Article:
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Environmental Chemistry

Environmental Chemistry

Environmental Chemistry publishes papers reporting chemistry that enhances our understanding of the environment including air, water, soil, sediments, and biota. Read more about the journalMore

Editor-in-Chief: Kevin Francesconi

Current Issue

Environmental Chemistry

Volume 14 Number 2 2017


Environmental context. Secondary organic aerosol, formed by oxidation of volatile precursors such as monoterpenes, is a major contributor to the total atmospheric organic aerosol. We focus on the online mass spectrometric analysis of the aerosol generated by oxidation products of four major monoterpenes in an environmental chamber. Numerous important monoterpene oxidation products were clearly observed and provided a direct comparison of the formation of biogenic secondary organic aerosols.


Environmental context. Dissolved organic matter (DOM) plays an important role in influencing the migration and ultimate fate of metals. Different sources of pollution resulted in changes in the structure of sediment DOM in Lake Wuliangsuhai. We investigate the binding properties of DOM with CuII and HgII using fluorescence quenching combined with two-dimensional correlation spectroscopy (2D-COS) in order to demonstrate the influence of different sources of DOM on metals.

EN16144The decreasing aggregation of nanoscale zero-valent iron induced by trivalent chromium

Danlie Jiang, Xialin Hu, Rui Wang, Yujing Wang and Daqiang Yin
pp. 99-105

Environmental context. Nanoscale zero-valent iron is a promising material for environmental engineering and groundwater remediation. However, the environmental behaviour and fate of nanoscale iron that is essential for applications and risk assessment is still uncertain. We report a study on the aggregation behaviour and mobility of nanoscale iron in the aquatic environment using colloidal chemical methods.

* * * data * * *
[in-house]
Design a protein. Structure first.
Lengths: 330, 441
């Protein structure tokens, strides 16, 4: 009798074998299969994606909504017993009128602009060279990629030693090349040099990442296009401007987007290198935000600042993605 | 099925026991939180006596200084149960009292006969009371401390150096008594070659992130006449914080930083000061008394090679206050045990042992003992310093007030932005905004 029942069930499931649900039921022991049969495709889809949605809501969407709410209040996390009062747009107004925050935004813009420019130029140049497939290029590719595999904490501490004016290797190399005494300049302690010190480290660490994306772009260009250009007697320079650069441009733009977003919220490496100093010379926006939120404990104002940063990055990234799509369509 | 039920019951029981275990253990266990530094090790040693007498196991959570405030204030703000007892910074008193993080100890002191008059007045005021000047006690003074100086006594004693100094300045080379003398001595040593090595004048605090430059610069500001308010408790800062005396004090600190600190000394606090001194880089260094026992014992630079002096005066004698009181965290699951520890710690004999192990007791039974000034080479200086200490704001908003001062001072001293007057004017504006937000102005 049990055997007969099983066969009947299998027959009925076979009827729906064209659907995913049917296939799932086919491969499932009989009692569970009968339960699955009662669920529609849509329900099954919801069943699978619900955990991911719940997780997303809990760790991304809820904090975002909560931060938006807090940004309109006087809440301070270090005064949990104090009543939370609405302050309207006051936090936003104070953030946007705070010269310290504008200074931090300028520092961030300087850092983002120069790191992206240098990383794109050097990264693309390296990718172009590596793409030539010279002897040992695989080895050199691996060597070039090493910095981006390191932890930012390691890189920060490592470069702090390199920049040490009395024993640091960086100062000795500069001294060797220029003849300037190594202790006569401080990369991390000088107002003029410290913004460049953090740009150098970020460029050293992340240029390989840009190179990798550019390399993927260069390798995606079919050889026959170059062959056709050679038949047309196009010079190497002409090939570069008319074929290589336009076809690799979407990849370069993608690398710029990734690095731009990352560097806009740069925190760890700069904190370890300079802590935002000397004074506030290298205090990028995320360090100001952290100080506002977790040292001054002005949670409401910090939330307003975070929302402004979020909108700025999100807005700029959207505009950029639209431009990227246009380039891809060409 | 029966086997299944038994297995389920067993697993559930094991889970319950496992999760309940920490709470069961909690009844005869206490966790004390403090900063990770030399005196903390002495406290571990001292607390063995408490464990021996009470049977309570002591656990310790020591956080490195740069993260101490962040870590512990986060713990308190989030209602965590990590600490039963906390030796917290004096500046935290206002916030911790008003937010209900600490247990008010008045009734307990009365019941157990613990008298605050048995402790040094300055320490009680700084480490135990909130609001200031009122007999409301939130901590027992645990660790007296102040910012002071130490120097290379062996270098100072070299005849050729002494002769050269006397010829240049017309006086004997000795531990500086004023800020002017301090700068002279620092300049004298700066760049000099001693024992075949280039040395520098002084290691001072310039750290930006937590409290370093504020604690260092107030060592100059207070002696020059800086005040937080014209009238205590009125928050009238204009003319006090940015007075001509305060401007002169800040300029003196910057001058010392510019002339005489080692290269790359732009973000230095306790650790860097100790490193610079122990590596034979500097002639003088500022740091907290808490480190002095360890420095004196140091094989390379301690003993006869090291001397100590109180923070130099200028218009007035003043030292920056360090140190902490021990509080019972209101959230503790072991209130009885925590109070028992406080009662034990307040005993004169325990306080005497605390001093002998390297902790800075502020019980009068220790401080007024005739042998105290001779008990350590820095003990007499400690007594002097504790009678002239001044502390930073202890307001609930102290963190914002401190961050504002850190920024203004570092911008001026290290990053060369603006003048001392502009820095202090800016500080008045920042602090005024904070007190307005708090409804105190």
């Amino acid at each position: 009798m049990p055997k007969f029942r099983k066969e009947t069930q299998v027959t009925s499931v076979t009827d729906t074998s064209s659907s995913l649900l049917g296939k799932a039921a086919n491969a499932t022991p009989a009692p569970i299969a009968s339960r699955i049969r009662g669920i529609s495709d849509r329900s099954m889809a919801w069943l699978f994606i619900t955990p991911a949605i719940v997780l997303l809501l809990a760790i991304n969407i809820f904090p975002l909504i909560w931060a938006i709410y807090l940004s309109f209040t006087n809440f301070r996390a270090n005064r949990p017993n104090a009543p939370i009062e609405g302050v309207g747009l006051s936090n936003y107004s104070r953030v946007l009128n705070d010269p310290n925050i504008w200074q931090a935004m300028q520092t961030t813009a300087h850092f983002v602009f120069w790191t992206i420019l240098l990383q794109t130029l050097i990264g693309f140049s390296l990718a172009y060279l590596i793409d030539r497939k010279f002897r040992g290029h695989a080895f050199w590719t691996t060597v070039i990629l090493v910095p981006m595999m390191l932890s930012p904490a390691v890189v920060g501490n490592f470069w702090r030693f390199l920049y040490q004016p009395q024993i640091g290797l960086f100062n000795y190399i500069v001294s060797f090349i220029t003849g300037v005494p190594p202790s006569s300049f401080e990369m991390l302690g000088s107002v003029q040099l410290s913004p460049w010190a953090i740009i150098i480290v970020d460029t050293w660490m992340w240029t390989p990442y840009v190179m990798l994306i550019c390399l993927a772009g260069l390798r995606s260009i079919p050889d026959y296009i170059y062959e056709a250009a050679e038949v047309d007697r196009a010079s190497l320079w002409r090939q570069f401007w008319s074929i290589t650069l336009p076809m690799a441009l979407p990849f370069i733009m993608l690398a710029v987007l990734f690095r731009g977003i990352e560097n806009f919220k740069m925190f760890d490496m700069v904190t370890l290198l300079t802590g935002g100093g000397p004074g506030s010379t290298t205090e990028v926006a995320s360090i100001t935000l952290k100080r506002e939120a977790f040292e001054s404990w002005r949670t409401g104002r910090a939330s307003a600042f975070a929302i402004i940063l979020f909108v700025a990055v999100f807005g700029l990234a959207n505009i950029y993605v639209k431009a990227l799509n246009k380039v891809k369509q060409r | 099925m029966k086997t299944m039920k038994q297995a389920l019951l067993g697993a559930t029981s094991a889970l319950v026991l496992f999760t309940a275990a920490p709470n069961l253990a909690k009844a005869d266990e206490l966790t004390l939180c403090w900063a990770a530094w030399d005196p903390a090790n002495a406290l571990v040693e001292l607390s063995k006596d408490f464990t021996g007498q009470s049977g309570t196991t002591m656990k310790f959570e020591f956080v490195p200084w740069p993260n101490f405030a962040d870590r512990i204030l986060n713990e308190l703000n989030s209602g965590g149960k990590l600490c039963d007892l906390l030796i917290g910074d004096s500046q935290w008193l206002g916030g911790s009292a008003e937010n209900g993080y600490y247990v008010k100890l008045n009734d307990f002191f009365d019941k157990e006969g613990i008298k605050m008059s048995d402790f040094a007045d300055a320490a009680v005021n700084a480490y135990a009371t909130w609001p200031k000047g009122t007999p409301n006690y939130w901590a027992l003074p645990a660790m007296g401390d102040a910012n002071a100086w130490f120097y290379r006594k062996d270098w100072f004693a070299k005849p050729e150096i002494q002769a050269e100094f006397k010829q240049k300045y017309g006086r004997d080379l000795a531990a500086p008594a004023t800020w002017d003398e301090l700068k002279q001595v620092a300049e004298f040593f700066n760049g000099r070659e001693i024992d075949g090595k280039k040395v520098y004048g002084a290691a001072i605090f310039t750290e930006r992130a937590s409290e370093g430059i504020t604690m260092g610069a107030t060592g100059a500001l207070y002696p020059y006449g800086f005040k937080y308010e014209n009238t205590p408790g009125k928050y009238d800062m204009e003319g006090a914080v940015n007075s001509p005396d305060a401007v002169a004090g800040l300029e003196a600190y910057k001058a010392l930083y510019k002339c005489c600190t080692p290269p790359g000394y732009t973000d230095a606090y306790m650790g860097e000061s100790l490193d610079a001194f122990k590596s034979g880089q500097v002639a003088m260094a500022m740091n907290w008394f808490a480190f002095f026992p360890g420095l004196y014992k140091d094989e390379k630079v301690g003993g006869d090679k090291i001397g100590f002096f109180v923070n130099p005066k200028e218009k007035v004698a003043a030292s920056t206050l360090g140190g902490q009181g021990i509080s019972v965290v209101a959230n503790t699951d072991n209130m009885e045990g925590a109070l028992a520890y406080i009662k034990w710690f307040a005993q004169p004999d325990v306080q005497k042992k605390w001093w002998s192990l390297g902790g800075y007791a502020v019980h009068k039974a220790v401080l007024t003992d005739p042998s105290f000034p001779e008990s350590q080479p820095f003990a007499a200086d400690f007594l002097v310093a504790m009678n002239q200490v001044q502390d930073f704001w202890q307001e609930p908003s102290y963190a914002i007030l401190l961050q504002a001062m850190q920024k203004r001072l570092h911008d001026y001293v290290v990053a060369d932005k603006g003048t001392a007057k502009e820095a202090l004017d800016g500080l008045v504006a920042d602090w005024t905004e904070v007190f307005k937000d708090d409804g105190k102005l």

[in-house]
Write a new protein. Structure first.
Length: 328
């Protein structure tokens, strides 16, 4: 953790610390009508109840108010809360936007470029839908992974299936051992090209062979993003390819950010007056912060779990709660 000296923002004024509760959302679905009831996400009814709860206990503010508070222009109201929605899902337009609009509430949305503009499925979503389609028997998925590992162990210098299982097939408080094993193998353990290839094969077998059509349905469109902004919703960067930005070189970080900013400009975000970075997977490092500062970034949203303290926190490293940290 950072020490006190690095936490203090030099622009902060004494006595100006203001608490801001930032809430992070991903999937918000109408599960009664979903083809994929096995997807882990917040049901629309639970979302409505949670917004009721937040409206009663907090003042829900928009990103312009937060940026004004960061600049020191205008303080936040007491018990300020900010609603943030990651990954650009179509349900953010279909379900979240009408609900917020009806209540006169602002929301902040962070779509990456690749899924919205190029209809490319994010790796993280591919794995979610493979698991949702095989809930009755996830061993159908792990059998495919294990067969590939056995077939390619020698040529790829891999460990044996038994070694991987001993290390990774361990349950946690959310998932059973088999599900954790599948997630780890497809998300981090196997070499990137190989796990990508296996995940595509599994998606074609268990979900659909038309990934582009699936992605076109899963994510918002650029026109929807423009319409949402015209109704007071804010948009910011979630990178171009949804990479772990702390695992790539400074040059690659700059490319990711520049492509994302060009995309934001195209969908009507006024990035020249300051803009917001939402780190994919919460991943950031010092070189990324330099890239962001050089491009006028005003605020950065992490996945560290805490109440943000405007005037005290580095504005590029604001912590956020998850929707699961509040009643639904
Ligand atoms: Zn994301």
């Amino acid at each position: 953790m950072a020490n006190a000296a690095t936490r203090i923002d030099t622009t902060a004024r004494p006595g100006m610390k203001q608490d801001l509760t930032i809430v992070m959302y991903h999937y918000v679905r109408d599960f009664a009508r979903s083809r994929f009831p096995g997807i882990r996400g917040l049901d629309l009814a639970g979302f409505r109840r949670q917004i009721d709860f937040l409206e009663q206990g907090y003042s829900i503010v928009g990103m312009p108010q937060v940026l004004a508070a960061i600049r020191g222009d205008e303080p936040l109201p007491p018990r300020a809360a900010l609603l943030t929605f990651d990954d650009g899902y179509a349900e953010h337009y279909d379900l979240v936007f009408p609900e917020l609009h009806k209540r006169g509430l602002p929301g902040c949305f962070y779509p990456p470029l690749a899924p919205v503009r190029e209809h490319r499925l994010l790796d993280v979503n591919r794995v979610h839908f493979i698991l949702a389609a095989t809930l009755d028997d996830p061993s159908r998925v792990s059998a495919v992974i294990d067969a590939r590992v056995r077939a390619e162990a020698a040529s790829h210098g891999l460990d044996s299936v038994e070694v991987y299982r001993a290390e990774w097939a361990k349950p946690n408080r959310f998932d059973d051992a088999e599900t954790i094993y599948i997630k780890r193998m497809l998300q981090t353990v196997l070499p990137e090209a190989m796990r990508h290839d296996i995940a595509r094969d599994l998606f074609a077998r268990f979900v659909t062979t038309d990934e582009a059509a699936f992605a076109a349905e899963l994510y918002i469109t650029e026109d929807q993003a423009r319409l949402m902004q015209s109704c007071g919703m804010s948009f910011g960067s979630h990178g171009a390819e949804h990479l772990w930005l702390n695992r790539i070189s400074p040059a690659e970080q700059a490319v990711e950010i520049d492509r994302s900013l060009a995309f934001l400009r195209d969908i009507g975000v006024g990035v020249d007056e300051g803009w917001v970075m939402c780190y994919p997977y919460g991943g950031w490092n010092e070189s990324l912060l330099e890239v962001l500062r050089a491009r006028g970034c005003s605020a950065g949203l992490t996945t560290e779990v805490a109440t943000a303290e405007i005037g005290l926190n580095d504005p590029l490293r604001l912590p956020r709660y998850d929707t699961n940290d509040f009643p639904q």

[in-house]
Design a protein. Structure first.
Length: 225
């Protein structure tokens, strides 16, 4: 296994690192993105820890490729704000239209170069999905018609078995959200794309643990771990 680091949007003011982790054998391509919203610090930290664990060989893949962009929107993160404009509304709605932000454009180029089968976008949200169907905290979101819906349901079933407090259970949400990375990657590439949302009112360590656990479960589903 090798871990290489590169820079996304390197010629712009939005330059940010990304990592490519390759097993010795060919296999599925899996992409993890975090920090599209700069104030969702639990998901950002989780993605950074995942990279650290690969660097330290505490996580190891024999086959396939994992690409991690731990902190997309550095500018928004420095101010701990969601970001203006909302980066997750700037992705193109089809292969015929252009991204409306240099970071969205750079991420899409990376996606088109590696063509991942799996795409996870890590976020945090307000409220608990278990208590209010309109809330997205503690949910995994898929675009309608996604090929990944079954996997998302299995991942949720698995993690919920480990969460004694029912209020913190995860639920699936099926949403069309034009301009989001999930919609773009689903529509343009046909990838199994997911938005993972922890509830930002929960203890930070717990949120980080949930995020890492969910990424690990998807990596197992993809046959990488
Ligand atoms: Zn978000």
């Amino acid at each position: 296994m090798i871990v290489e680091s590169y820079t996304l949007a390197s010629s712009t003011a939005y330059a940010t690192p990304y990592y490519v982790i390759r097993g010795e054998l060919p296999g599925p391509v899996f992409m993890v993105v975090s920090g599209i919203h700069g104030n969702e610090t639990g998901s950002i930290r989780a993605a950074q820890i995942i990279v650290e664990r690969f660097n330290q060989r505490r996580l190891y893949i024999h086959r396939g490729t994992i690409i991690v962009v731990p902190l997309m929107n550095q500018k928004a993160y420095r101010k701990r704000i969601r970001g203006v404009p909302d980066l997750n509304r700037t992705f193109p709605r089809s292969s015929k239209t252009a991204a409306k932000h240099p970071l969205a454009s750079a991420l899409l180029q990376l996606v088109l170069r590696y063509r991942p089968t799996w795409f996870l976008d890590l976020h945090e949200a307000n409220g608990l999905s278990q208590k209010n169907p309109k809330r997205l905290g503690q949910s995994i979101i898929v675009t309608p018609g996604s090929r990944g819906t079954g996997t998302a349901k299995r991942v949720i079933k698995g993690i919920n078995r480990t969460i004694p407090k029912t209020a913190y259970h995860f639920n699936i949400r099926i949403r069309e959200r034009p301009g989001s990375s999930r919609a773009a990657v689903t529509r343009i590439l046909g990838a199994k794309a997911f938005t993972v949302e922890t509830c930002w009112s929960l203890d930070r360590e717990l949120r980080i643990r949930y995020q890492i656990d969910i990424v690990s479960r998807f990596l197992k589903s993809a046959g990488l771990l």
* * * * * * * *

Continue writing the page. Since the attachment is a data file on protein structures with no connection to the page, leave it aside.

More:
EN16152Atmospheric short-chain-chlorinated paraffins in Melbourne, Australia – first extensive Southern Hemisphere observations

Robert W. Gillett, Ian E. Galbally, Melita D. Keywood, Jennifer C. Powell, Gavin Stevenson, Alan Yates and Anders R. Borgen
pp. 106-114

Environmental context. This study presents the first comprehensive set of ambient atmospheric concentrations of short-chain-chlorinated paraffins in the southern hemisphere. The data show a seasonal cycle with a summer maximum and a winter minimum. The seasonal cycle is consistent with temperature dependence of the vapour pressure of the short-chain-chlorinated paraffins resulting in partitioning between the atmosphere and other reservoirs with a secondary modulation by soil moisture.

EN16137On-site determination of bisphenol A in river water by a novel solid-state electrochemiluminescence quenching sensor

Xiaoying Wang, Yijie Wang, Meng Jiang, Yanqun Shan and Xiaobing Wang
pp. 115-122

Environmental context. Bisphenol A is an endocrine disruptor, which may migrate and transfer to the environment where it presents a potential risk to the health of humans and animals. Herein, we demonstrate that electrospun nanofibers could be used to develop a highly efficient solid-state quenching sensor for on-site determination of bisphenol A in river water samples. The strategy has great potential for routine environmental analyses.

EN16136Ion exchange technique (IET) to characterise Ag+ exposure in soil extracts contaminated with engineered silver nanoparticles